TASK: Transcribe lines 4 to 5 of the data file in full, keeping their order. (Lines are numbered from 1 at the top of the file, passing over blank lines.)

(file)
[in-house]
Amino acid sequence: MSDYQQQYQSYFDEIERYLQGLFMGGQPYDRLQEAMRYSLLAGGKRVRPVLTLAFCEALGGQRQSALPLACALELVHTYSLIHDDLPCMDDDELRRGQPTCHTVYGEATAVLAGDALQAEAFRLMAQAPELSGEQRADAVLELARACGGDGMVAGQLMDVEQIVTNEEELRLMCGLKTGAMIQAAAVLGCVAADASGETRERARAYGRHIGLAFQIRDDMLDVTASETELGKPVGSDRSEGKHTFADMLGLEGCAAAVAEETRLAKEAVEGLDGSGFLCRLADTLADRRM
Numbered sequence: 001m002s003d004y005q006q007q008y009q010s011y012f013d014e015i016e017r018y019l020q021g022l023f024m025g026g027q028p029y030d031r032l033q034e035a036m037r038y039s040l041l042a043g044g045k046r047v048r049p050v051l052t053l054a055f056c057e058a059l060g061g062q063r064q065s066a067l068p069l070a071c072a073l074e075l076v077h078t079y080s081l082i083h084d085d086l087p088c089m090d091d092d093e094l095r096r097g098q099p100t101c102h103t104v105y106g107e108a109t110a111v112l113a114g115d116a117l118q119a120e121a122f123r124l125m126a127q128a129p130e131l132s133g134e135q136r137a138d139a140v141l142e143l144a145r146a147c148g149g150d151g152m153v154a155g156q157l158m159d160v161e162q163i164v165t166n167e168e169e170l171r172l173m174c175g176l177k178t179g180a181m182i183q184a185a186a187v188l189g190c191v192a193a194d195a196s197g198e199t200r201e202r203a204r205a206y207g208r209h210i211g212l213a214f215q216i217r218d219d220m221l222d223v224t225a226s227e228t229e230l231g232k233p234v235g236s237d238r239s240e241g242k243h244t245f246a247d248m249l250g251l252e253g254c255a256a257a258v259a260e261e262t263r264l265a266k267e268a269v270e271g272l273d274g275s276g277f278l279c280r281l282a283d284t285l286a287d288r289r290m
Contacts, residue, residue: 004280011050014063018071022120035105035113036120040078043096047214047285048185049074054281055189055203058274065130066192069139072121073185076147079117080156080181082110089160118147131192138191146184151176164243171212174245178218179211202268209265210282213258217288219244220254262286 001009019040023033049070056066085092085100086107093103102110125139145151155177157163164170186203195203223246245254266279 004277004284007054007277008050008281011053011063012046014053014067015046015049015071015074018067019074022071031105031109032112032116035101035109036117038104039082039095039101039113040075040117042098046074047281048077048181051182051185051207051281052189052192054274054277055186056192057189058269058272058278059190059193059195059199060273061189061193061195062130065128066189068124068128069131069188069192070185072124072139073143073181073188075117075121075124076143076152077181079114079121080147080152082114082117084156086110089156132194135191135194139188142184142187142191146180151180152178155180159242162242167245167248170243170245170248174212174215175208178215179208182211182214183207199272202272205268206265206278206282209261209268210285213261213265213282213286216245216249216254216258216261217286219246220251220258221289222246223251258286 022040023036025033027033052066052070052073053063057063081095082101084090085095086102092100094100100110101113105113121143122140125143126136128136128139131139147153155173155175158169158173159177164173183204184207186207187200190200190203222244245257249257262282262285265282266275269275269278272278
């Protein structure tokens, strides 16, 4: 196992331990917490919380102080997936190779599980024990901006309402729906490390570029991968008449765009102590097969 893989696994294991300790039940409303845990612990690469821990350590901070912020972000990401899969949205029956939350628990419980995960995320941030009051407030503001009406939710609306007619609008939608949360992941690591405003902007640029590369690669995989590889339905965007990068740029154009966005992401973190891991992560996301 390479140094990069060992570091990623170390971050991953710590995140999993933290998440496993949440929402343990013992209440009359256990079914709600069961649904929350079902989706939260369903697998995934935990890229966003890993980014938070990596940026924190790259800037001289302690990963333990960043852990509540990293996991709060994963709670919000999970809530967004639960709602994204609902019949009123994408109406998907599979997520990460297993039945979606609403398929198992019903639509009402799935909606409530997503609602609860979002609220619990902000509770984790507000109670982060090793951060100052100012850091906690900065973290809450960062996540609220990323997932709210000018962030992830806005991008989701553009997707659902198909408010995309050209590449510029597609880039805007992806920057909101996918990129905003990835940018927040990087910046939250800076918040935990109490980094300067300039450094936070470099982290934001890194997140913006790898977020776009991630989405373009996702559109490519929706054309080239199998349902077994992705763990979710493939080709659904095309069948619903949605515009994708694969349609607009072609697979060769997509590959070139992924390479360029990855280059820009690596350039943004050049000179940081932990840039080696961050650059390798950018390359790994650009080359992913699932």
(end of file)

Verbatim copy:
Contacts, residue, residue: 004280011050014063018071022120035105035113036120040078043096047214047285048185049074054281055189055203058274065130066192069139072121073185076147079117080156080181082110089160118147131192138191146184151176164243171212174245178218179211202268209265210282213258217288219244220254262286 001009019040023033049070056066085092085100086107093103102110125139145151155177157163164170186203195203223246245254266279 004277004284007054007277008050008281011053011063012046014053014067015046015049015071015074018067019074022071031105031109032112032116035101035109036117038104039082039095039101039113040075040117042098046074047281048077048181051182051185051207051281052189052192054274054277055186056192057189058269058272058278059190059193059195059199060273061189061193061195062130065128066189068124068128069131069188069192070185072124072139073143073181073188075117075121075124076143076152077181079114079121080147080152082114082117084156086110089156132194135191135194139188142184142187142191146180151180152178155180159242162242167245167248170243170245170248174212174215175208178215179208182211182214183207199272202272205268206265206278206282209261209268210285213261213265213282213286216245216249216254216258216261217286219246220251220258221289222246223251258286 022040023036025033027033052066052070052073053063057063081095082101084090085095086102092100094100100110101113105113121143122140125143126136128136128139131139147153155173155175158169158173159177164173183204184207186207187200190200190203222244245257249257262282262285265282266275269275269278272278
């Protein structure tokens, strides 16, 4: 196992331990917490919380102080997936190779599980024990901006309402729906490390570029991968008449765009102590097969 893989696994294991300790039940409303845990612990690469821990350590901070912020972000990401899969949205029956939350628990419980995960995320941030009051407030503001009406939710609306007619609008939608949360992941690591405003902007640029590369690669995989590889339905965007990068740029154009966005992401973190891991992560996301 390479140094990069060992570091990623170390971050991953710590995140999993933290998440496993949440929402343990013992209440009359256990079914709600069961649904929350079902989706939260369903697998995934935990890229966003890993980014938070990596940026924190790259800037001289302690990963333990960043852990509540990293996991709060994963709670919000999970809530967004639960709602994204609902019949009123994408109406998907599979997520990460297993039945979606609403398929198992019903639509009402799935909606409530997503609602609860979002609220619990902000509770984790507000109670982060090793951060100052100012850091906690900065973290809450960062996540609220990323997932709210000018962030992830806005991008989701553009997707659902198909408010995309050209590449510029597609880039805007992806920057909101996918990129905003990835940018927040990087910046939250800076918040935990109490980094300067300039450094936070470099982290934001890194997140913006790898977020776009991630989405373009996702559109490519929706054309080239199998349902077994992705763990979710493939080709659904095309069948619903949605515009994708694969349609607009072609697979060769997509590959070139992924390479360029990855280059820009690596350039943004050049000179940081932990840039080696961050650059390798950018390359790994650009080359992913699932």